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New Study Says Nonpartisan Primaries 'Most Likely' to Disrupt Political Monopoly in Baltimore

Created: 08 June, 2020
Updated: 14 August, 2022
3 min read

Baltimore is a one-party city, so much so that it hasn't had a Republican mayor since 1967. Registered Democrats vastly outnumber any other party registration, having a tenfold advantage over the Republican Party. It's as blue as a city could get.

The consequence of this is November elections are inconsequential. The winner of the closed Democratic mayoral primary, for instance, might as well be sworn in the next day, and he or she can win with a marginal share of the total registered voting population. Voters outside the Democratic Party have no voice in the process.

A new study by George Washington University political scientist Christopher Warshaw says in order to strengthen political competition and improve city elections Baltimore should implement nonpartisan reform. Specifically, he says the nonpartisan "'top-two primary' is the reform most likely to improve Baltimore’s mayoral elections. This reform would increase turnout and electoral competition."

The Abell Foundation published Warshaw's study just in time for Maryland's June 2 primary. In it, Warshaw examines three problems he identified with Baltimore elections:

  1. Primary elections can be won with a narrow plurality or very low threshold of the total vote. An example: Catherine Pugh won the 2016 Democratic mayoral primary with just 37% of the vote.
  2. Due to the overwhelming advantage the Democratic Party has in voter registration, the primary election is the most crucial stage of the elections process and the Democratic primary decides the winner of the election.
  3. Only registered party members can participate in the partisan primary process, meaning approximately 50,000 voters registered unaffiliated or outside the two major parties are denied a voice unless they affiliate with the dominant party (i.e. their right to meaningful participation is conditioned on affiliating with the Democratic Party).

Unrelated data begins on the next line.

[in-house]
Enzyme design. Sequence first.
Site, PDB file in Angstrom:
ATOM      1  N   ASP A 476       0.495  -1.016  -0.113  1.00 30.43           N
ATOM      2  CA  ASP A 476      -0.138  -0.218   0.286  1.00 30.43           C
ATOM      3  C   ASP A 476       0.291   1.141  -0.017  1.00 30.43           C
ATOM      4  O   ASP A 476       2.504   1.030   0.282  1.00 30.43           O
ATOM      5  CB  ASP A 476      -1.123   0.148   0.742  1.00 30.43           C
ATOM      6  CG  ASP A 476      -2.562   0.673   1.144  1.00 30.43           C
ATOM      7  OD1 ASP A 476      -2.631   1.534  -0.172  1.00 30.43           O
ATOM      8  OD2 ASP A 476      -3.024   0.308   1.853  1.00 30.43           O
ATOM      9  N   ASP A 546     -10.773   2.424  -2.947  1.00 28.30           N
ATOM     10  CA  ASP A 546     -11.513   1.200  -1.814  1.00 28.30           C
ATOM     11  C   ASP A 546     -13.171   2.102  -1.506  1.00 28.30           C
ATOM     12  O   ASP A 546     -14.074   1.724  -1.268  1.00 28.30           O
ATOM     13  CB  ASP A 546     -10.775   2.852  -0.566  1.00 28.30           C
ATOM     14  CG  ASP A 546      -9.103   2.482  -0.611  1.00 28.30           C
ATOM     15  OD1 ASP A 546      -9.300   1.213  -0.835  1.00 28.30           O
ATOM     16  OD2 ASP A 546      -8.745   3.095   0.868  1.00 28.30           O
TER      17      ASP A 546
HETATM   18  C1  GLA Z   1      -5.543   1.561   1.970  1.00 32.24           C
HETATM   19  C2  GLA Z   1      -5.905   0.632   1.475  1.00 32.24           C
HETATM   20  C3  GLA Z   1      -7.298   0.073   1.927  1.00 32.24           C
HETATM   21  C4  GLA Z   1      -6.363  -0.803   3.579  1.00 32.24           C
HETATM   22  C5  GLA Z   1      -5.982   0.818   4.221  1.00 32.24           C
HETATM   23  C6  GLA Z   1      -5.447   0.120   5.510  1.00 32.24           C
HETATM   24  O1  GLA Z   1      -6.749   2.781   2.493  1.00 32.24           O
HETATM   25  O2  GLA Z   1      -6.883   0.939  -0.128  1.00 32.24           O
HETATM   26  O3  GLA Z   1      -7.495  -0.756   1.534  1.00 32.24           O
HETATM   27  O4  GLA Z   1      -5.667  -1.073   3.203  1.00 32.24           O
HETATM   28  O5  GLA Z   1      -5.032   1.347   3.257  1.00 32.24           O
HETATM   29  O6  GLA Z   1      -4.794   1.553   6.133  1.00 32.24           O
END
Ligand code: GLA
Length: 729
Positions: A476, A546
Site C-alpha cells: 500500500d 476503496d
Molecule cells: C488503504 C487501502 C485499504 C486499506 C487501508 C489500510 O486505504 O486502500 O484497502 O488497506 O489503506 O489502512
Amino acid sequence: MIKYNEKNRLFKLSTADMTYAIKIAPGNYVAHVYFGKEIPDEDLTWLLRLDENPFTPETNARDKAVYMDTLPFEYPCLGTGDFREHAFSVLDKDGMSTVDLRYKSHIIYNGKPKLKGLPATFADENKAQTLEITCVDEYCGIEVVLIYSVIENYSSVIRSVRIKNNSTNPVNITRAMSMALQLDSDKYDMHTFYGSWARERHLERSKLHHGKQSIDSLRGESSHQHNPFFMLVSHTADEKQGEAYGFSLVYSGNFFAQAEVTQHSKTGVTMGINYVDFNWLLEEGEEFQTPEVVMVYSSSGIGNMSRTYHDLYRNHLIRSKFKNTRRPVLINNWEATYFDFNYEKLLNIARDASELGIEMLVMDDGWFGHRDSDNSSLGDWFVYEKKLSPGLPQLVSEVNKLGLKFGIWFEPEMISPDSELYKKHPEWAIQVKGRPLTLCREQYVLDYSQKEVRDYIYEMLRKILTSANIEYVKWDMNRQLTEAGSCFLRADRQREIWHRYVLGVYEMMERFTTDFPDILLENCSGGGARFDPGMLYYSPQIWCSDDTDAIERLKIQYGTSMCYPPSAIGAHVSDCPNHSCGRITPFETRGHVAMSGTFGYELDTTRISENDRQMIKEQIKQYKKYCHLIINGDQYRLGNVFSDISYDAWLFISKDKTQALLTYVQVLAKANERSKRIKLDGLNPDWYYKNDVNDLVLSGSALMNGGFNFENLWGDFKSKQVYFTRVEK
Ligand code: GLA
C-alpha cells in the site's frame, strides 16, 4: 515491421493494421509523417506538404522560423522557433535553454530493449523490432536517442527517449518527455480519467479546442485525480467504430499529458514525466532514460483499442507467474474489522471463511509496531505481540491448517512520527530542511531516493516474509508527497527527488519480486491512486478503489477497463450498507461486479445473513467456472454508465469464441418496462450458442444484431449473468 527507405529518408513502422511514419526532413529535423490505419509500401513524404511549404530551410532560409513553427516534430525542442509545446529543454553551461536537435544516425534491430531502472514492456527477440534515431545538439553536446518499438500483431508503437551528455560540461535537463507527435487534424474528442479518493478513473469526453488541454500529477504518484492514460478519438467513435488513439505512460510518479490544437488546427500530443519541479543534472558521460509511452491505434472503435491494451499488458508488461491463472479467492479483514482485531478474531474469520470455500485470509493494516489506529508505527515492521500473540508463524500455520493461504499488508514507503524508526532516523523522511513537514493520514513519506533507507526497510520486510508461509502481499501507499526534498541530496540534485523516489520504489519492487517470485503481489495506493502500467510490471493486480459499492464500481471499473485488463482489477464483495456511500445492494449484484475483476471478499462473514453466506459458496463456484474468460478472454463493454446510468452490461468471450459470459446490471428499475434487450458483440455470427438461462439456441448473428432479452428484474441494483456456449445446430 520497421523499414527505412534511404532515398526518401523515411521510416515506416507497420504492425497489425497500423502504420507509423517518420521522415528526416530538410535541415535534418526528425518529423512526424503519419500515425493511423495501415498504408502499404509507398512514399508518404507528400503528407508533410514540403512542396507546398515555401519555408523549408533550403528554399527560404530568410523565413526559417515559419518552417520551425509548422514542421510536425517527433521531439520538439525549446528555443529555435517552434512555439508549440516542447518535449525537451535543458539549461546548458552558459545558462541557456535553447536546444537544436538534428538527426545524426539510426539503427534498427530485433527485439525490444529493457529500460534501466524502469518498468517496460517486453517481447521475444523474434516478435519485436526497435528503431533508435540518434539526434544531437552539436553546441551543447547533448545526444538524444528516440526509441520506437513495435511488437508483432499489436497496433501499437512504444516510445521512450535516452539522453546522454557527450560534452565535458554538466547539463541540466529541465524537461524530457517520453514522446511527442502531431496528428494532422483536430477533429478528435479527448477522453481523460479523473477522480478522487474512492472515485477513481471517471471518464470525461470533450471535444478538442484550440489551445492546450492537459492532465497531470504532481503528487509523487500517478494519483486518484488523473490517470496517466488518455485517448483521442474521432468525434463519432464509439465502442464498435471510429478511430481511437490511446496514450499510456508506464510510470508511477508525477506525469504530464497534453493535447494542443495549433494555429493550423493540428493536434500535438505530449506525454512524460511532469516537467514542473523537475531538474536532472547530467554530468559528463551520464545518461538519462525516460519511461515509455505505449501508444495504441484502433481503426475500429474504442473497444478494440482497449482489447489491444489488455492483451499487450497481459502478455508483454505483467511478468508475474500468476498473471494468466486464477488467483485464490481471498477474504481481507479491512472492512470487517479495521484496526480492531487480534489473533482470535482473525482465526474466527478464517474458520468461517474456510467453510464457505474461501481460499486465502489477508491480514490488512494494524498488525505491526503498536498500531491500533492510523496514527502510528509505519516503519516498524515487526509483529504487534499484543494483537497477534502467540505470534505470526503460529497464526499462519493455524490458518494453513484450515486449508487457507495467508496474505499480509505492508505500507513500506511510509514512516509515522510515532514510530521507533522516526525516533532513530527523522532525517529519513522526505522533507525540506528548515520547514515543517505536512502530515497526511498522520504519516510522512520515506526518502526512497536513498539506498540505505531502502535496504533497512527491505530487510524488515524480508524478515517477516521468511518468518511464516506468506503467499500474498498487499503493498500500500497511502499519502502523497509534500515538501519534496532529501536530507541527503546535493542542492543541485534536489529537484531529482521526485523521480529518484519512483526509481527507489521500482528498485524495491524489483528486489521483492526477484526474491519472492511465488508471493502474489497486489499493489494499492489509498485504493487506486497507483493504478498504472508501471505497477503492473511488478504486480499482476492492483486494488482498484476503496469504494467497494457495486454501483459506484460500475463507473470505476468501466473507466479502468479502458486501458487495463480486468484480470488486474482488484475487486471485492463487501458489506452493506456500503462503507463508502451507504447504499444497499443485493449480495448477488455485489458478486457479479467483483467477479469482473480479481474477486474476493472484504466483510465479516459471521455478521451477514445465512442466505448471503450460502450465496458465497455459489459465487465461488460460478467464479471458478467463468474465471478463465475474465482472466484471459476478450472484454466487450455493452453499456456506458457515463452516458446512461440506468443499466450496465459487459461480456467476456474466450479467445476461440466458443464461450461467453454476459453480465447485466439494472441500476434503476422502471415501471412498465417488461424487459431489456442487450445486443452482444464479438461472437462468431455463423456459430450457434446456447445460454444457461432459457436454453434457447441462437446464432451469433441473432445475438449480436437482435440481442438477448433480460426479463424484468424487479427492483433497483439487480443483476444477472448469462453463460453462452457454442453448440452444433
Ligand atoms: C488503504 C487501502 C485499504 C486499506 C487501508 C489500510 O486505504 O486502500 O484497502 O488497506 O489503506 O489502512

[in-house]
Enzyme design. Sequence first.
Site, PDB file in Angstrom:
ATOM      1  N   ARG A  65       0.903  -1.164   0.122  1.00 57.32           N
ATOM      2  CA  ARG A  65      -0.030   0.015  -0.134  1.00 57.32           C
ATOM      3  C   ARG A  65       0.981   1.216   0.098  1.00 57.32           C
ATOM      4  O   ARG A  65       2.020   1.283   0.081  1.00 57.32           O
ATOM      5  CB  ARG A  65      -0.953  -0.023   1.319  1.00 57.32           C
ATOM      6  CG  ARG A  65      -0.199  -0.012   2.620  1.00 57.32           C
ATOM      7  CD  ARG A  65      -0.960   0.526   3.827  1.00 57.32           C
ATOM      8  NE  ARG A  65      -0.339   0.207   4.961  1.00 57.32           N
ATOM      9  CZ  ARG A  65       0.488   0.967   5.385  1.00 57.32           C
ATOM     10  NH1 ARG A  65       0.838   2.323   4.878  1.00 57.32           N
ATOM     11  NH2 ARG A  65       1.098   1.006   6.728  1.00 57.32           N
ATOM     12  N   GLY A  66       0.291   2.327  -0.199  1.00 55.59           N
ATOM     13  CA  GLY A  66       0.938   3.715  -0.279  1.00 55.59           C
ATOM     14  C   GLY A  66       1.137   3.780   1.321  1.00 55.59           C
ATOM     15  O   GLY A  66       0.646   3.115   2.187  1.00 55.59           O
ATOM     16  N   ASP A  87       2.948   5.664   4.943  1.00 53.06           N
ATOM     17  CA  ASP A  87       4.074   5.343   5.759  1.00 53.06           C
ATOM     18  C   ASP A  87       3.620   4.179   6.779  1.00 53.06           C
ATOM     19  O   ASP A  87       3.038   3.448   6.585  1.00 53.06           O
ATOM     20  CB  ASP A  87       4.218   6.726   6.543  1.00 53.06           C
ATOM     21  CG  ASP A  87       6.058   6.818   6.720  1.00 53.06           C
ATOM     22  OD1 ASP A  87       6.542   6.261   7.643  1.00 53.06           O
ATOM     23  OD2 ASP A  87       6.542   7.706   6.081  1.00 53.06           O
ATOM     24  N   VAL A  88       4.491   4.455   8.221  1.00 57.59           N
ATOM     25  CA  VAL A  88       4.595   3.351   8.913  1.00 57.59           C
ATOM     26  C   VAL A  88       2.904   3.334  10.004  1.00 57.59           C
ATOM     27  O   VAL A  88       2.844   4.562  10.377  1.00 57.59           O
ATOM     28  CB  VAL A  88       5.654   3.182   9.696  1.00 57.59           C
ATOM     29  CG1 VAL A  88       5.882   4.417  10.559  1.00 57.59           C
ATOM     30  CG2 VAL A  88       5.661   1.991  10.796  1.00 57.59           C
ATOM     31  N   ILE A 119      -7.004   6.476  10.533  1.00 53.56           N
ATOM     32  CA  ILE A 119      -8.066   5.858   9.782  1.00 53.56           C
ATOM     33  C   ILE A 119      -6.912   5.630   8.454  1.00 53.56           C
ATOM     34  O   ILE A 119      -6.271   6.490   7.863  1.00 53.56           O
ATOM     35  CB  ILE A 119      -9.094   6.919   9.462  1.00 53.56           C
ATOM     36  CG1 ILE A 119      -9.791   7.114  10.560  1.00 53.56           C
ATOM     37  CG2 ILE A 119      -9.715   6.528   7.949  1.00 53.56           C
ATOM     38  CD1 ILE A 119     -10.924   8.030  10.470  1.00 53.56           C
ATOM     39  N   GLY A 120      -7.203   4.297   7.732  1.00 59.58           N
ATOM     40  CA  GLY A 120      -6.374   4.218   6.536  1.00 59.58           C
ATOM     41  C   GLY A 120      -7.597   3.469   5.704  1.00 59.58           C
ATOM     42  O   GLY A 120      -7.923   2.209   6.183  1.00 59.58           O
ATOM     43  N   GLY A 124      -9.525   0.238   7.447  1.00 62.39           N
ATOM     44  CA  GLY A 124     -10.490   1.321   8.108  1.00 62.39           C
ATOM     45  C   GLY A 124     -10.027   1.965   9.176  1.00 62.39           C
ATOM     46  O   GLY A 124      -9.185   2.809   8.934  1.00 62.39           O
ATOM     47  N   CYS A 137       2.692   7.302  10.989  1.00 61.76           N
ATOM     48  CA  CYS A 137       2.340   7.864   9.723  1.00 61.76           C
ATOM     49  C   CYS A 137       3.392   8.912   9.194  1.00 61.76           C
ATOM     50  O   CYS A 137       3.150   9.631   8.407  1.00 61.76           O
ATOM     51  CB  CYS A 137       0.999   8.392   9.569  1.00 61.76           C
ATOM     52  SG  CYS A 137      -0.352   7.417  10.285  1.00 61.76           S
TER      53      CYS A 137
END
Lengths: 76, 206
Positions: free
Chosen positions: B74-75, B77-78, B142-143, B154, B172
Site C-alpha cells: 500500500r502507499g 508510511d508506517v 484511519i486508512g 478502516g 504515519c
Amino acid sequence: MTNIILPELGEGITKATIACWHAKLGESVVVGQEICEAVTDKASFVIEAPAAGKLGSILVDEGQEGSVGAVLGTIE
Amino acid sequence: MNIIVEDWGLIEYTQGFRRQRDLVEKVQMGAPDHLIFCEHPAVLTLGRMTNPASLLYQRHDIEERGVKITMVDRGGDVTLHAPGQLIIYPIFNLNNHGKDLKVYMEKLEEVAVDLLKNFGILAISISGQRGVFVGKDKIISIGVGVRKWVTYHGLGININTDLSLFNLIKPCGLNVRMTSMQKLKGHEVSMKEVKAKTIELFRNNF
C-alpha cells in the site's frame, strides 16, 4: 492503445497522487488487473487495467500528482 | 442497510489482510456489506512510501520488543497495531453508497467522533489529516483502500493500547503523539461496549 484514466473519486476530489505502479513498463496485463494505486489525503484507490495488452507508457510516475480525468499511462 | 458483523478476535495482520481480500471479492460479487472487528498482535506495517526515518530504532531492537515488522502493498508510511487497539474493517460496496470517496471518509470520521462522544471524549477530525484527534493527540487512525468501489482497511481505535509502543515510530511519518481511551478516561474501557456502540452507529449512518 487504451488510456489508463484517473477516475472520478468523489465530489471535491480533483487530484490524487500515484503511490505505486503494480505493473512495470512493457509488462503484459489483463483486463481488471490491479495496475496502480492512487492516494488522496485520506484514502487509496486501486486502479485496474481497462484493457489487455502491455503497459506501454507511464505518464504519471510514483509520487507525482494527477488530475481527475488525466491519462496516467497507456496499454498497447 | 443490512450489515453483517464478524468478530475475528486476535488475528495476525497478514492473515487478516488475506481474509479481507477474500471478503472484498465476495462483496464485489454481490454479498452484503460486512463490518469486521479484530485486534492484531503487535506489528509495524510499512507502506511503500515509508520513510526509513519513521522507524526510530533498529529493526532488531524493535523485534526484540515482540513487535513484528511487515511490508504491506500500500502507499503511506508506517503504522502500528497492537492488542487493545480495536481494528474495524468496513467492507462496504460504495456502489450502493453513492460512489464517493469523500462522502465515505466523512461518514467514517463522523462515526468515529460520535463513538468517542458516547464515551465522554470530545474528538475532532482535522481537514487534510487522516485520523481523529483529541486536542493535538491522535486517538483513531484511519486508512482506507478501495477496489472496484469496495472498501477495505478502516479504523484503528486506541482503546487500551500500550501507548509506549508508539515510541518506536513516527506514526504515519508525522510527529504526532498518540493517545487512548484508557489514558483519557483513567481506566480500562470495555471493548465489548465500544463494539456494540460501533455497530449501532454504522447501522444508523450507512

Warshaw ultimately concludes that a nonpartisan top-two primary in which all voters and candidates, regardless of party, participate on a single primary ballot could have the most transformative effect on city elections. Because Baltimore is a Democratic stronghold this could lead to same-party races in November. However, the outcome of the race will be decided when the most voters participate AND won't be decided by the party faithful.

"The shift to a top-two primary would...lead to more competitive general elections and incentivize candidates to appeal to a broader electorate," writes Warshaw.

"This, in turn, could improve democracy in Baltimore by leading to the election of officials that are more demographically and ideologically representative of Baltimore’s electorate."

Researchers in California have determined that the nonpartisan top-two primary has had this exact effect on the state's political landscape. California uses the "top-two primary" for all state executive and legislative elections, along with non-presidential federal elections.

Warshaw further suggests that the city should analyze the impact ranked choice voting has in New York City and other major cities where it has been adopted and is used. If it works in NYC, he writes, then Baltimore should consider adding it to the nonpartisan top-two primary.

Warshaw recognizes, however, that there is a significant legal hurdle to adopting nonpartisan election reform. His research indicates that the city does not have the authority to change its own elections and would need state legislative approval. In other words, change can only happen if the people who control elections agree to cede that authority to voters.

Historically, this has been a tall hurdle to clear because parties don't like to give up this control.

This doesn't mean support for reforming primary elections doesn't exist in the legislature. In his study, Warshaw cites a bill in the 2019 legislative session introduced by Del. Brooke Lierman (D-Baltimore City). The bill would have authorized Baltimore to adopt, by law, ranked choice voting or an open primary. However, Lierman eventually withdrew it.

It will likely continue to be a major challenge to overcome. However, Warshaw believes voters should have a choice in how elections are conducted and that the state should enable Baltimore voters with the choice to adopt nonpartisan reforms.

Be sure to check out Warshaw full study here.

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